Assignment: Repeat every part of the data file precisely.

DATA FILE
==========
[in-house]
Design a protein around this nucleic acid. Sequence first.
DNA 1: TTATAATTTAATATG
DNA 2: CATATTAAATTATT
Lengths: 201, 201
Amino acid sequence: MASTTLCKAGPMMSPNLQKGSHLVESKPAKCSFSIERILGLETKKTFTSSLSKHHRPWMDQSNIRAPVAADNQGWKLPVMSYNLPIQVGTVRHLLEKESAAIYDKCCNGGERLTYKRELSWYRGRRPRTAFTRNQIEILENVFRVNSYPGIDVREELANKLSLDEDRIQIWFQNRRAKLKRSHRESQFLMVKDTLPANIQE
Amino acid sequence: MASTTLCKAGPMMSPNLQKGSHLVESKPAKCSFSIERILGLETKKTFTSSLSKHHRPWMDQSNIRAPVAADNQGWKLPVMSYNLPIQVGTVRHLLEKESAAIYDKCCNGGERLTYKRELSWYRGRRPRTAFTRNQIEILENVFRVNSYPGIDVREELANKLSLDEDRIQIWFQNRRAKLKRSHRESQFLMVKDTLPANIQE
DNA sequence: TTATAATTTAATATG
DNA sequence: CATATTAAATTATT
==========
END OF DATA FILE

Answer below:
[in-house]
Design a protein around this nucleic acid. Sequence first.
DNA 1: TTATAATTTAATATG
DNA 2: CATATTAAATTATT
Lengths: 201, 201
Amino acid sequence: MASTTLCKAGPMMSPNLQKGSHLVESKPAKCSFSIERILGLETKKTFTSSLSKHHRPWMDQSNIRAPVAADNQGWKLPVMSYNLPIQVGTVRHLLEKESAAIYDKCCNGGERLTYKRELSWYRGRRPRTAFTRNQIEILENVFRVNSYPGIDVREELANKLSLDEDRIQIWFQNRRAKLKRSHRESQFLMVKDTLPANIQE
Amino acid sequence: MASTTLCKAGPMMSPNLQKGSHLVESKPAKCSFSIERILGLETKKTFTSSLSKHHRPWMDQSNIRAPVAADNQGWKLPVMSYNLPIQVGTVRHLLEKESAAIYDKCCNGGERLTYKRELSWYRGRRPRTAFTRNQIEILENVFRVNSYPGIDVREELANKLSLDEDRIQIWFQNRRAKLKRSHRESQFLMVKDTLPANIQE
DNA sequence: TTATAATTTAATATG
DNA sequence: CATATTAAATTATT